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Italy Flat On Her Back

Hungry Italians line up to receive free food handouts (Photo by Simona Granati - Corbis/Corbis via Getty Images)

The Wall Street Journal reports that as Italy begins to emerge from lockdown, it faces a steep uphill climb back to normal. The article is paywalled; here are excerpts:

The coronavirus pandemic has precipitated one of the worst economic downturns in generations across the world. But few major economies are likely to fall as far as Italy’s, or take longer to recover.
Although Italy’s lockdown officially ended on May 18, many restrictions remain, and the economic impact will be long lasting. The new poor include small-business owners such as shopkeepers, restaurateurs and market vendors, as well a vast number of workers employed in sectors such as tourism and entertainment, which have little prospect of reviving any time soon.
The health emergency has left hundreds of thousands of Italians unable to pay for their own food for the first time, the biggest jump in poverty since the aftermath of World War II.
More:
Italy is ill-prepared to deal with a crisis of this magnitude. The country never fully recovered from the 2008 global financial crisis and the eurozone debt crisis that soon followed in 2010-12. Those events left Italy a poorer country and the government much more indebted today than it was then.
 “In 2008, Italian families were in a much more solid situation,” says Cristiano Gori, professor of political sociology at Trento University. “This crisis is hitting Italy after 10 years of constant decline.”
Since the financial crisis, the number of people living in absolute poverty has continued to increase, doubling to a record high five million in 2018, according to Italy’s statistics agency. That number is expected to rise much more rapidly now, with the Italian trade union UGL estimating it could soar above nine million people over the next few months.
The Italian economy is expected to contract by 9.5% this year, according to the European Commission, more than any country in the European Union except for Greece.
“We are witnessing a further erosion of the lower middle class,” says Pierluigi Dovis, a representative of the Catholic charity Caritas in northern Italy. “Only some of them will eventually be able to lift themselves up again. Many of them never will.”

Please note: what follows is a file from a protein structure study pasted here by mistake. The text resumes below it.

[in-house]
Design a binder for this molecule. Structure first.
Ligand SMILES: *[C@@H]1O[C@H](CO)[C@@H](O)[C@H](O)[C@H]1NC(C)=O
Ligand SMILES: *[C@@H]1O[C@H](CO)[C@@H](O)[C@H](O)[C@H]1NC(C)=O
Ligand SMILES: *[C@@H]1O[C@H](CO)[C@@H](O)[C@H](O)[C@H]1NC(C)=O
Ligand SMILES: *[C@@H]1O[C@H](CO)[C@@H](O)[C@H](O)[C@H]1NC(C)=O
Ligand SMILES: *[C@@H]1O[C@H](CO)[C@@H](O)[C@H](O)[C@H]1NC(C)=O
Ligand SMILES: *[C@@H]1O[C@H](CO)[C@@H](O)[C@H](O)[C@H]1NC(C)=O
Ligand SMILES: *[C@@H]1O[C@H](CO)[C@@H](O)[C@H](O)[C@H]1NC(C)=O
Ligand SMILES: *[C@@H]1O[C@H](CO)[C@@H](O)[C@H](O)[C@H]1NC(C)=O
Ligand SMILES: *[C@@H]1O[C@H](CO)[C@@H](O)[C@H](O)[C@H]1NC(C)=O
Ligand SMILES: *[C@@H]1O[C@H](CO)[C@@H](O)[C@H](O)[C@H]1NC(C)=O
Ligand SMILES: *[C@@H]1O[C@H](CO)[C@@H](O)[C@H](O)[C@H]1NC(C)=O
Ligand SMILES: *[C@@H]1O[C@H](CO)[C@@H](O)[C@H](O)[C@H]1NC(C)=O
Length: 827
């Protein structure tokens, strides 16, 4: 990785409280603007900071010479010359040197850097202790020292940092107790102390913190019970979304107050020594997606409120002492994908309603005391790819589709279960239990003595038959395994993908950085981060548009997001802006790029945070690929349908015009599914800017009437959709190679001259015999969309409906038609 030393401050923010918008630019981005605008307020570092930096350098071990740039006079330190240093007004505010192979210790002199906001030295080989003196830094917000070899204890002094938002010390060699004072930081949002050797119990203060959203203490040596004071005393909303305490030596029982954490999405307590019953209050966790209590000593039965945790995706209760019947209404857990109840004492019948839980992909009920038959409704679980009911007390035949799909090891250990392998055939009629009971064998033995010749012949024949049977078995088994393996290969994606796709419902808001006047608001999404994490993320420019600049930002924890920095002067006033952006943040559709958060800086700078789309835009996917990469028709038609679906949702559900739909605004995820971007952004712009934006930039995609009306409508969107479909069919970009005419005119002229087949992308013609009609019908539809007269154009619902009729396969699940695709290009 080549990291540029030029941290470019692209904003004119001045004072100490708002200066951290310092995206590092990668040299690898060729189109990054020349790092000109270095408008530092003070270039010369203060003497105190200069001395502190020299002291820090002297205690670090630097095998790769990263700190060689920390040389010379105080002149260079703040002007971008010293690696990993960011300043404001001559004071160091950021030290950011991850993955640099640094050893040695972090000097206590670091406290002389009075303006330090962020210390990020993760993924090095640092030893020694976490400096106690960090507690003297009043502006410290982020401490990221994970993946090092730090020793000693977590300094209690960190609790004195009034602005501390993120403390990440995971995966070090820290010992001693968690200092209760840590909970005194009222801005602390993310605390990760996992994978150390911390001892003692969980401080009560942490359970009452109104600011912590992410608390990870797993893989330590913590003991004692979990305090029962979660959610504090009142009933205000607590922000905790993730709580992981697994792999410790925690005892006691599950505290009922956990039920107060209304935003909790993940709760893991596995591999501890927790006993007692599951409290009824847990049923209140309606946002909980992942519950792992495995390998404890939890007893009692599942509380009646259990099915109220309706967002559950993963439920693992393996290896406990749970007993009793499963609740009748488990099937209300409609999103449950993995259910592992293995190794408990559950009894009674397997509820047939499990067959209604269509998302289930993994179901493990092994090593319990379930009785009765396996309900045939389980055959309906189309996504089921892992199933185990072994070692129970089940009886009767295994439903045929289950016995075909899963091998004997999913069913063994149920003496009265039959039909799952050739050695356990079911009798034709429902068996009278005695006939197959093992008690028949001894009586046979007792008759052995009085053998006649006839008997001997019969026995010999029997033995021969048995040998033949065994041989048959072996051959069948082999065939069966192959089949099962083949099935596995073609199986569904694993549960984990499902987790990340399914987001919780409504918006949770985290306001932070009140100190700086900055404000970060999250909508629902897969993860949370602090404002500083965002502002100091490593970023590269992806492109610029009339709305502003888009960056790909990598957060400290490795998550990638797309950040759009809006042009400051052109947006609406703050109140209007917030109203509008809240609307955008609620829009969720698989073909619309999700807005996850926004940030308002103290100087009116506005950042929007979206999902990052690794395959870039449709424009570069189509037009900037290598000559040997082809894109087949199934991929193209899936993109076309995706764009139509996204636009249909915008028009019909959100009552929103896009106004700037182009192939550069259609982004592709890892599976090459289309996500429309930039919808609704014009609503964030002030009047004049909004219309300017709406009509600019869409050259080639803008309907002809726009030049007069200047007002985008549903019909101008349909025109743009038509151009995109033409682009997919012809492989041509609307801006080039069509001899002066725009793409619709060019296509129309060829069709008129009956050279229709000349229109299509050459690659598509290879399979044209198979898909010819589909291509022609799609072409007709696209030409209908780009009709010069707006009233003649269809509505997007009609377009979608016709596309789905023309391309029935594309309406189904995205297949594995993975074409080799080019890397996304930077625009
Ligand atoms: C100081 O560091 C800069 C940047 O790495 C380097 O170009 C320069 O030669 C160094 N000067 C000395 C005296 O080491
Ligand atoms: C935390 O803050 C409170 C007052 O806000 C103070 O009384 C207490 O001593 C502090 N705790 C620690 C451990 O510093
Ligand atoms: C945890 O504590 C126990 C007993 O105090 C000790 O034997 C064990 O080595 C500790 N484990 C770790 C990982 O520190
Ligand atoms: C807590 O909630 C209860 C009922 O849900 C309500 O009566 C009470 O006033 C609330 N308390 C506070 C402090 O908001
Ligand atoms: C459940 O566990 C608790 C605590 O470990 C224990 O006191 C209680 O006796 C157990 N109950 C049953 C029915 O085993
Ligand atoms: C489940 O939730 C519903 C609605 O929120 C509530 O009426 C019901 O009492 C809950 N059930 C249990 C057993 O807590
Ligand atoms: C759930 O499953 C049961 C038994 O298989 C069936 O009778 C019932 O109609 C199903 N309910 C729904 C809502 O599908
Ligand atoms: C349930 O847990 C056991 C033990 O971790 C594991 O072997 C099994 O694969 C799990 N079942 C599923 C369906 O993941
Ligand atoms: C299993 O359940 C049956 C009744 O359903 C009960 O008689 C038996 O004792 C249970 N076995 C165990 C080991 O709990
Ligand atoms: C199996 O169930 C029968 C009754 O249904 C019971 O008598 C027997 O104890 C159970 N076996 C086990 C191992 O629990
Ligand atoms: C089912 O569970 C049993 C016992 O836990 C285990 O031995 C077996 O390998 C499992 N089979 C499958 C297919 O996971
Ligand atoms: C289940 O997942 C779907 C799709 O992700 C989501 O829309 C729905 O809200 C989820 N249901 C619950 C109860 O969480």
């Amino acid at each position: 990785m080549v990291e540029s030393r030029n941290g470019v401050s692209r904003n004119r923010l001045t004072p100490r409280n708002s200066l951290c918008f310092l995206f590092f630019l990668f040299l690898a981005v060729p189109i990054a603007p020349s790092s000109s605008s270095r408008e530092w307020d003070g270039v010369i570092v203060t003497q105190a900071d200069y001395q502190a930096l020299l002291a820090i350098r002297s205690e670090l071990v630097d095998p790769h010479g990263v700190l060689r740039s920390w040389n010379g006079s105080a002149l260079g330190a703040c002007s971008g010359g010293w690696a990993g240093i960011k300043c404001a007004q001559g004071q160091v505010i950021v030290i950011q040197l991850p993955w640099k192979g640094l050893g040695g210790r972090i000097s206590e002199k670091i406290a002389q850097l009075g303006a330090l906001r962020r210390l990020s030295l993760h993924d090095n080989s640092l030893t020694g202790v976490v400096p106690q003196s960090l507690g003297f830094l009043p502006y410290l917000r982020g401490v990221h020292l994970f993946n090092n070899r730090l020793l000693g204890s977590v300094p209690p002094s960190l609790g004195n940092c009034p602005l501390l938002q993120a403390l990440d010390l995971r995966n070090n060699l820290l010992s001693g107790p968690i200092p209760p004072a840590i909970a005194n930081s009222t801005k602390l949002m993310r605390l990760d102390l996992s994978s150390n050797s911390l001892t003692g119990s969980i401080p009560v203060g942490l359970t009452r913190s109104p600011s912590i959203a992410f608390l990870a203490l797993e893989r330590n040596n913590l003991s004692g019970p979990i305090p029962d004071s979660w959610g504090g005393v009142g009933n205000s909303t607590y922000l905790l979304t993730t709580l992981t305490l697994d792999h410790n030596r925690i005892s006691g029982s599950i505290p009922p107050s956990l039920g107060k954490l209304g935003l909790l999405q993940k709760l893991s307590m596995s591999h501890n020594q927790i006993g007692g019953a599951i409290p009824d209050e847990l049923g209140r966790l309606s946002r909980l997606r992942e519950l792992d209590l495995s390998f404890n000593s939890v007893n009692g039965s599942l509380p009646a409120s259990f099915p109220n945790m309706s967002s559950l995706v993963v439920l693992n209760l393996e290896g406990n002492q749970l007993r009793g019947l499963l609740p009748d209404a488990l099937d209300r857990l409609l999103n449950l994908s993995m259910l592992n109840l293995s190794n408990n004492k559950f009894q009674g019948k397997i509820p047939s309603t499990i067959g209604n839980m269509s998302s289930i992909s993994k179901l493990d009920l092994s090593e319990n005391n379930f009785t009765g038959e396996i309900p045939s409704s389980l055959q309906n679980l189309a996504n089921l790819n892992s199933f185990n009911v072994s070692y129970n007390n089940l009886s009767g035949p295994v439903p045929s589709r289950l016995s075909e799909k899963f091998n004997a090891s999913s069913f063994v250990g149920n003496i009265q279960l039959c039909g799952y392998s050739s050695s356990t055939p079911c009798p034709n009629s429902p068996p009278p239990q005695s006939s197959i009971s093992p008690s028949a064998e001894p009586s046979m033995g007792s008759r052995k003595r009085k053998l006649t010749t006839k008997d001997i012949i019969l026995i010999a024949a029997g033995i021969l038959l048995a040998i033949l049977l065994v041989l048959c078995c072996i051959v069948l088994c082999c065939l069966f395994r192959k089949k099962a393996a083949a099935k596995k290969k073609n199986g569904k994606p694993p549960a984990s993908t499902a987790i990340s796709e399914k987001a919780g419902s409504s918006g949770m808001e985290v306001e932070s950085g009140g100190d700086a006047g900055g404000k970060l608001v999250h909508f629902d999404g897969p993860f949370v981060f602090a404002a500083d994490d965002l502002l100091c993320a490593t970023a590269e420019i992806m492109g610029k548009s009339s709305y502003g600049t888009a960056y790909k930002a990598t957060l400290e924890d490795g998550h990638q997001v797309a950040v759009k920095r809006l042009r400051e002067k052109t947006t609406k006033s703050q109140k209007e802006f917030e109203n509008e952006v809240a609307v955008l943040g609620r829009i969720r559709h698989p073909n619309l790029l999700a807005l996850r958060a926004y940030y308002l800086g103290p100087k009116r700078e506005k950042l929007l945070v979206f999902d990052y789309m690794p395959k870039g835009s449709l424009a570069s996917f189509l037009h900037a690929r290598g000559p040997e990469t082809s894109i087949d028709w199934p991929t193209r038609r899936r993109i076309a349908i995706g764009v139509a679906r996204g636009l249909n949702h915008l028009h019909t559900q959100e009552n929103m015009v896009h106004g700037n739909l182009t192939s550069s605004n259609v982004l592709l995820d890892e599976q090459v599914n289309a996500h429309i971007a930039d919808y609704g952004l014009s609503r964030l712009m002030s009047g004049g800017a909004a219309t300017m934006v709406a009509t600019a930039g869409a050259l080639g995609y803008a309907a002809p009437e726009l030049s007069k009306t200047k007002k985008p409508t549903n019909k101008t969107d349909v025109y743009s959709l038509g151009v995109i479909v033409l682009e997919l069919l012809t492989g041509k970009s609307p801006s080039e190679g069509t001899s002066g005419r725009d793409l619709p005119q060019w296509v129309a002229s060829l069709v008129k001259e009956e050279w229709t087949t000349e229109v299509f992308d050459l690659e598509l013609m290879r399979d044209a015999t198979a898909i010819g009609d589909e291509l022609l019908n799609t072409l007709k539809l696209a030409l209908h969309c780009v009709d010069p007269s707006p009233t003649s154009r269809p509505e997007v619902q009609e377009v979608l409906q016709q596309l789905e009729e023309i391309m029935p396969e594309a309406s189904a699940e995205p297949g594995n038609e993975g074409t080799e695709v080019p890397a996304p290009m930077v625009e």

Poor Italy. As much as I love that country and its people, this hurts. It’s the kind of thing I was thinking about earlier in the day, when I wrote that post about how this pandemic could change the world along the lines of World War I. Italy has been hit harder than any of the other major industrial countries, but if this crisis continues for a long time, eventually all of us may be in as much trouble. What happens when a country has gotten used to a certain level of wealth and security, and it all goes away, just like that, for millions of its people? [Psst: Nobody mention Weimar Germany!] We are about to see in Italy’s case — and maybe in our American case too.
One thing is for sure: Covid-19 is going to take care of the immigration crisis to Europe. No government will be able to remain in power if it allows more of the Third World poor to flood into their nation under these economic conditions.

about the author

Rod Dreher is a senior editor at The American Conservative. He has written and edited for the New York Post, The Dallas Morning News, National Review, the South Florida Sun-Sentinel, the Washington Times, and the Baton Rouge Advocate. Rod’s commentary has been published in The Wall Street Journal, Commentary, the Weekly Standard, Beliefnet, and Real Simple, among other publications, and he has appeared on NPR, ABC News, CNN, Fox News, MSNBC, and the BBC. He lives in Baton Rouge, Louisiana, with his wife Julie and their three children. He has also written four books, The Little Way of Ruthie Leming, Crunchy Cons, How Dante Can Save Your Life, and The Benedict Option.

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